27. A method according to any one of the preceding claims, wherein the articles comprise metallic discs.

28. A method according to any one of the preceding claims, further comprising continuously rotating the articles within the plating solution during the plating of the articles.

29. A method according to any one of the preceding claims, further comprising stirring the plating solution at an angular speed below the angular speed at which a vortex would be formed within the plating solution.

30. A method according to any one of the preceding claims, further comprising stirring the plating solution at an angular speed less than 1800 rpm.

31. A method according to any one of the preceding claims, further comprising stirring the plating solution at an angular speed of from 500 to 1800 rpm.

32. A method according to any one of the preceding claims, further comprising applying a potential to effect the plating of the articles, wherein a current density while plating the articles is from 0.1 A/dm.sup.2 to 1.5 A/dm.sup.2.

33. A method according to any one of the preceding claims, further comprising applying a potential to effect the plating of the articles, wherein a current density while plating the articles is from 0.3 A/dm.sup.2 to 1 A/dm.sup.2.

34. A method according to any one of the preceding claims, wherein the articles comprise steel, and the metallic layer comprises a metal selected from zinc, copper, nickel, and alloys of one or more thereof, optionally wherein the metal(s) of the alloys are selected from from zinc, copper, and nickel.

35. A method according to any one of the preceding claims, wherein the plurality of the luminescent particles comprise a lanthanide and/or an actinide.

36. A method according to any one of the preceding claims, wherein the plurality of the luminescent particles comprise an up-converting or down-converting phosphor material.

37. A method according to any one of the preceding claims, wherein the plating of the articles is continued until the metallic layer has a depth of at least approximately 10 .mu.m.

38. A method according to any one of the preceding claims, wherein the plating of the articles is continued until the metallic layer has a depth of from approximately 10 to 30 .mu.m.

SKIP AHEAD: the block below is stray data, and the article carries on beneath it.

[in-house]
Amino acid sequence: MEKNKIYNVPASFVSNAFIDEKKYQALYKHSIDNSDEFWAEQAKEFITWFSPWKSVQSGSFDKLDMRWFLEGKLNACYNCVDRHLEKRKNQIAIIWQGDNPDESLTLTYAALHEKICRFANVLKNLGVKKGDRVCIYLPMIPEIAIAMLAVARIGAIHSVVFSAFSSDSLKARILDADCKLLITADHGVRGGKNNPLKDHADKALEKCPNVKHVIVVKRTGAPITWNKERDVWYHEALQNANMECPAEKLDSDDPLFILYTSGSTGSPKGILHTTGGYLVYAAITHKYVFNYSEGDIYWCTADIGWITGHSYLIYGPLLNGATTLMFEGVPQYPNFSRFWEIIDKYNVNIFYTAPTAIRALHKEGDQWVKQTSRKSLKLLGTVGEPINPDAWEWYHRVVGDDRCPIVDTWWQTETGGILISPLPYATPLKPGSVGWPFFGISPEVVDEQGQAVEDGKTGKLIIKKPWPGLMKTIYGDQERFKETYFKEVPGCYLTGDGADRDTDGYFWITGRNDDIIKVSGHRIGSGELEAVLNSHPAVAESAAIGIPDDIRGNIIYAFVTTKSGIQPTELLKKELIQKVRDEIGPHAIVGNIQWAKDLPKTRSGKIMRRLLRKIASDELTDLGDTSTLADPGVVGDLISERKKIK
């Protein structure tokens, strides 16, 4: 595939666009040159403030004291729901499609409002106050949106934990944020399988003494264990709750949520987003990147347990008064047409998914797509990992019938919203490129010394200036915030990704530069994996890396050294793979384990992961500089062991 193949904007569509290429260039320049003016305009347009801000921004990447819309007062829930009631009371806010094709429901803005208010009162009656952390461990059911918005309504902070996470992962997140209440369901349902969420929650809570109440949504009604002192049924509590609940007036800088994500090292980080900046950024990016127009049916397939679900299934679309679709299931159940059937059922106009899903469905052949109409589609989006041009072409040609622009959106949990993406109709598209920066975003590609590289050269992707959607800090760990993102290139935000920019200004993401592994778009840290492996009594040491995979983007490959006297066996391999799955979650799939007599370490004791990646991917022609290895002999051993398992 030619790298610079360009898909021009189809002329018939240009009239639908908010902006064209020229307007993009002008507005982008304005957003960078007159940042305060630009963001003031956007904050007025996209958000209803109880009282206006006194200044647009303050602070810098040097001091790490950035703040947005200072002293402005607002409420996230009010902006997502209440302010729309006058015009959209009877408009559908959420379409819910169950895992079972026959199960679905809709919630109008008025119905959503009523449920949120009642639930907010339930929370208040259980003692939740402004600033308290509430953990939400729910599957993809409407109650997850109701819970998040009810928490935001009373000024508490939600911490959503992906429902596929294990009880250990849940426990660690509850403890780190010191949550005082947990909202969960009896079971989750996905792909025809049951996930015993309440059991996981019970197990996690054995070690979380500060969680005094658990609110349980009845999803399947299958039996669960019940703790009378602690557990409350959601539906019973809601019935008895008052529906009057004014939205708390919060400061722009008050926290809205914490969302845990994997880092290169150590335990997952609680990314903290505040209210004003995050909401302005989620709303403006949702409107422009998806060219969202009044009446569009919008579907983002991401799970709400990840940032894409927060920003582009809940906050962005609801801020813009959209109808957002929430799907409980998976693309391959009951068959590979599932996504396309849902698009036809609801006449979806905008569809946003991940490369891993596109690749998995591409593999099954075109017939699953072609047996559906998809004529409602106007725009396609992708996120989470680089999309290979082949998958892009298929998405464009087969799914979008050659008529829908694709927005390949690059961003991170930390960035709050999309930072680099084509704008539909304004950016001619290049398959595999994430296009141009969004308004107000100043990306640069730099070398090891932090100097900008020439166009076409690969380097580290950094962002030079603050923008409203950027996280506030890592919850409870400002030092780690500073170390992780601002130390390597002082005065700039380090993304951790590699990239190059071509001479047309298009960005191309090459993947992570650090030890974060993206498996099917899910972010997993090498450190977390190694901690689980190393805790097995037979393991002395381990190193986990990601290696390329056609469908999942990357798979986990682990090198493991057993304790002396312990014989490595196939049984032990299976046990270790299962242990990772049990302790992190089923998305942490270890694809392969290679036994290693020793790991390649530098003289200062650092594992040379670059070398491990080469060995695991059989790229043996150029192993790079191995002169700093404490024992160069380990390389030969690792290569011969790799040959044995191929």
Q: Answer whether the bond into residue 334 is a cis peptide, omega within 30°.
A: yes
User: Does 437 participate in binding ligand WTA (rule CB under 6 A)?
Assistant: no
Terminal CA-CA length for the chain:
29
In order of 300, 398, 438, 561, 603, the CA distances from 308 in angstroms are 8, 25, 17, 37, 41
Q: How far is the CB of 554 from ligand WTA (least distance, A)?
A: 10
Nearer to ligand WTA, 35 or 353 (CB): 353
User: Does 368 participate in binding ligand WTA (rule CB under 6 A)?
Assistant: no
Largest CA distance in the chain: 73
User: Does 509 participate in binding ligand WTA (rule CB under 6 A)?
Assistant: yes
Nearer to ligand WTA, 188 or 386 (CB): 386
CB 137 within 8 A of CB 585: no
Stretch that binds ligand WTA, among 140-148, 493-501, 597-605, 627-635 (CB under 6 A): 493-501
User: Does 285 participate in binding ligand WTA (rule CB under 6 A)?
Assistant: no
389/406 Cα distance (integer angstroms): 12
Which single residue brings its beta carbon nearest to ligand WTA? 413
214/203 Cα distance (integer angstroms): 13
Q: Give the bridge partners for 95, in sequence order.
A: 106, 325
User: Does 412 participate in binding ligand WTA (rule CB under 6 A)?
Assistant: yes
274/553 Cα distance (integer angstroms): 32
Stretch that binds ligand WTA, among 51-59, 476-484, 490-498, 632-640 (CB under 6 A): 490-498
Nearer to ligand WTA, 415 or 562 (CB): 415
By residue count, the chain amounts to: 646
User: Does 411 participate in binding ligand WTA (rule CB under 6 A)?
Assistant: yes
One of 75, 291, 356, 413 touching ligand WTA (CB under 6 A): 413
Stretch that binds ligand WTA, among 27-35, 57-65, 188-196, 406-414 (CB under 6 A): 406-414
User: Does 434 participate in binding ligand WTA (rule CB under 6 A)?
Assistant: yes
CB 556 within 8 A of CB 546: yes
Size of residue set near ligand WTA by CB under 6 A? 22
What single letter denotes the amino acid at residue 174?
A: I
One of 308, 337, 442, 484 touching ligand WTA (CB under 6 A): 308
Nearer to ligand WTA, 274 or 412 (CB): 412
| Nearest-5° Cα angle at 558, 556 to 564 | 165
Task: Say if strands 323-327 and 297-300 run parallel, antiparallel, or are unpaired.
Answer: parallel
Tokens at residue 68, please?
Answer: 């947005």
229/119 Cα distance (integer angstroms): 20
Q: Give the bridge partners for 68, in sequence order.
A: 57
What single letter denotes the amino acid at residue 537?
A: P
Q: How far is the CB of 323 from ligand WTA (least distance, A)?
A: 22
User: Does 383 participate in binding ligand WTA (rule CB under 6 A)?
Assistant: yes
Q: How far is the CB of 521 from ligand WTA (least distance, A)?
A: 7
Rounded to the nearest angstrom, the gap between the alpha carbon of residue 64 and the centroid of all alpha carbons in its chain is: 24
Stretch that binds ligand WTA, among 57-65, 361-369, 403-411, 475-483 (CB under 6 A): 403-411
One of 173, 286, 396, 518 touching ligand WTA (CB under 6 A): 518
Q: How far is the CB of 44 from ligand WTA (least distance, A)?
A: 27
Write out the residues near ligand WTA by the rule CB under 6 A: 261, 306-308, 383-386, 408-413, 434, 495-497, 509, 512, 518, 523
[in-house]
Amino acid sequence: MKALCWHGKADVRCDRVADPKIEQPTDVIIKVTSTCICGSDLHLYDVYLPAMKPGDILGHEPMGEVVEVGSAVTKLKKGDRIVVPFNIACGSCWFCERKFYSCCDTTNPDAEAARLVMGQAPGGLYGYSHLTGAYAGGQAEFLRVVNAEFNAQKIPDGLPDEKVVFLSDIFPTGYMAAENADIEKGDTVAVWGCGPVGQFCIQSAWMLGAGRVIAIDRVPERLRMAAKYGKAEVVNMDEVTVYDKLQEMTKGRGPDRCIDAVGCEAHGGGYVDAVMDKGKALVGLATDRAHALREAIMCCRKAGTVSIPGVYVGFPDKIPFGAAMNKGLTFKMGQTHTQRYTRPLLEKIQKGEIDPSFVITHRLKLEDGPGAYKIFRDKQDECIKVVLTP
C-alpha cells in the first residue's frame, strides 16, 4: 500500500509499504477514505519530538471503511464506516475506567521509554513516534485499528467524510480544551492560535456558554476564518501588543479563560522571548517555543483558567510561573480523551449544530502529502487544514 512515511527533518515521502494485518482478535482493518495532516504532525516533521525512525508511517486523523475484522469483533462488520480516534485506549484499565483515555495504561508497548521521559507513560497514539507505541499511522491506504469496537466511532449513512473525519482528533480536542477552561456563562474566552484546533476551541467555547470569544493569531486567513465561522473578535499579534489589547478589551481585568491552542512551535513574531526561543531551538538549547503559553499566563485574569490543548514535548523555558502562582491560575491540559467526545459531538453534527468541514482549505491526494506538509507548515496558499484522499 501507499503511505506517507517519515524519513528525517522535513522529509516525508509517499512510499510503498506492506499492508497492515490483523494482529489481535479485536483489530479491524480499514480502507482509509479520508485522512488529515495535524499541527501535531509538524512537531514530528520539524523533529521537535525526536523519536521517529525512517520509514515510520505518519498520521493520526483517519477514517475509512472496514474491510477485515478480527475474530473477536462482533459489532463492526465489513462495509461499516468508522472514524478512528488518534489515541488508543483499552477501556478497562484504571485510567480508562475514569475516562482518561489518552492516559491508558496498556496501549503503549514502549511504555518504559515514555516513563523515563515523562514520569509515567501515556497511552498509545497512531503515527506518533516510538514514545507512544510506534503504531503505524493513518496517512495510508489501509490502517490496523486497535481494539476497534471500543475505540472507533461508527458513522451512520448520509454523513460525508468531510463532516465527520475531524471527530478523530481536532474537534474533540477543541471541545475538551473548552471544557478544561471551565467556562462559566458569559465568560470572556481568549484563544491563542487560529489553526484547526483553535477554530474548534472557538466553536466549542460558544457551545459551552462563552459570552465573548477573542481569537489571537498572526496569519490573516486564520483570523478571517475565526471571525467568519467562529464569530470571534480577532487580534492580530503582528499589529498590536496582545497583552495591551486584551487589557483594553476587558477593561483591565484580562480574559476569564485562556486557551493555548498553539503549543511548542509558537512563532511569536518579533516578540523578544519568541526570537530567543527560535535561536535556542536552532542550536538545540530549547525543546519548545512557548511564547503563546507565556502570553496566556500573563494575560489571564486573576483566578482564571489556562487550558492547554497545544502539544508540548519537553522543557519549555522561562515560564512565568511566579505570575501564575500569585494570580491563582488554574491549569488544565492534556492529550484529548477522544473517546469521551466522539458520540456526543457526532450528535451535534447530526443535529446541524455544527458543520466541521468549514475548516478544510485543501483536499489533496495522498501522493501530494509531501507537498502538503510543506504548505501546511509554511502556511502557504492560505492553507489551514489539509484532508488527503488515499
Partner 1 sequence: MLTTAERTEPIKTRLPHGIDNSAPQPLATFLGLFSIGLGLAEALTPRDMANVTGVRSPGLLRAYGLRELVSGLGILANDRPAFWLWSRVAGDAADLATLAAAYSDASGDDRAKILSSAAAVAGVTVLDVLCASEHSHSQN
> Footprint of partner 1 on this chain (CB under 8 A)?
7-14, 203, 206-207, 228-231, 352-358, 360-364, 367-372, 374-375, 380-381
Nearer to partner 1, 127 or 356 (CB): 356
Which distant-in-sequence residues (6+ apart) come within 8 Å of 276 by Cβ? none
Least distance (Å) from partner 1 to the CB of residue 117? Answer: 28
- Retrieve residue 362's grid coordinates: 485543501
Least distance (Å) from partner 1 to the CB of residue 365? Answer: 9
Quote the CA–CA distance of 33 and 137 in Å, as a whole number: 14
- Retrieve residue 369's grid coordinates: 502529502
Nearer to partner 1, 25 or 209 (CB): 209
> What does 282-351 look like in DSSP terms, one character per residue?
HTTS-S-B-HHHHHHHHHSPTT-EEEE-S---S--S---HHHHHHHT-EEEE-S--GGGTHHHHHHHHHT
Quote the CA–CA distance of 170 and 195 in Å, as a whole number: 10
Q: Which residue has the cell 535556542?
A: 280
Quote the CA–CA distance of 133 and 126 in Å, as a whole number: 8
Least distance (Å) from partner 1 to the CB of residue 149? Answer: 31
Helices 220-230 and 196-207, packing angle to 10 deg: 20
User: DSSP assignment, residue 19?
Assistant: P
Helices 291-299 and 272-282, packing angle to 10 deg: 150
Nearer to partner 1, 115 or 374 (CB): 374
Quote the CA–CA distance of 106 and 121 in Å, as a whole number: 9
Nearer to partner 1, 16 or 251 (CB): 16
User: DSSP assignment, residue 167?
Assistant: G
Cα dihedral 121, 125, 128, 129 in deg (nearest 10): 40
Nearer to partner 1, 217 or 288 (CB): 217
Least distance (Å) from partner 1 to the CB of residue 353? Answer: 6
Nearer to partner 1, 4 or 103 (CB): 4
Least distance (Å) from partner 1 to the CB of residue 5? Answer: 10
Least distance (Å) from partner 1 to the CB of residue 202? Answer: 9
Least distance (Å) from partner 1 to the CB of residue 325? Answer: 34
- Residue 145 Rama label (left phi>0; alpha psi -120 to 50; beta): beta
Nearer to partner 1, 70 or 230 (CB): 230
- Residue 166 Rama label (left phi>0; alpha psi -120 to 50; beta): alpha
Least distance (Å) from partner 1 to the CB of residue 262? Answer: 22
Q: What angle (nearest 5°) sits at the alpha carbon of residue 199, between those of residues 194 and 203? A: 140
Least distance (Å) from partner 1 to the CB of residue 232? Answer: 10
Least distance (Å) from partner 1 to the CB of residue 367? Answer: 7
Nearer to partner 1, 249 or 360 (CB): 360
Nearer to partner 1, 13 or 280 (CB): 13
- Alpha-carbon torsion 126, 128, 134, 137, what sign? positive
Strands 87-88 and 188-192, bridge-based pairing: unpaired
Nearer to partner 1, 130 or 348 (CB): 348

39. A method of making a patterned article, wherein the method comprises: providing a plating solution comprising a liquid medium, a precursor species suitable for forming a metallic layer on the articles, and a plurality of luminescent particles suspended in the liquid medium; plating the articles within the plating solution, such that the precursor species forms the metallic layer on the articles and the luminescent particles are deposited within the metallic layer while it is formed, wherein, before or during the plating of the articles, the plating solution is subjected to an ultrasound treatment, and wherein the plating is carried out while the articles are within a receptacle that moves continuously during the plating process; and after producing the plated articles, stamping a pattern into at least one surface of at least some of the plated articles.

40. A method according to claim 39, wherein the articles, before being plated, comprise metallic discs.

41. A plating solution comprising: a liquid medium; a precursor species configured for use in forming a metallic layer during a plating process; and a plurality of luminescent particles suspended in the liquid medium, at least some of which have a diameter of 10 .mu.m or less.

42. A plating solution according to claim 41, wherein at least some of the luminescent particles have a diameter of 5 .mu.m or less.

43. A plating solution according to claim 41, wherein at least some of the luminescent particles have a diameter of 0.5 .mu.m to 1 .mu.m.

44. A plating solution according to claim 41, wherein the precursor species are configured for forming the metallic layer during the plating process, and wherein the metallic layer comprises a metal selected from the group consisting of: zinc, tin, copper, nickel, and alloy combinations thereof.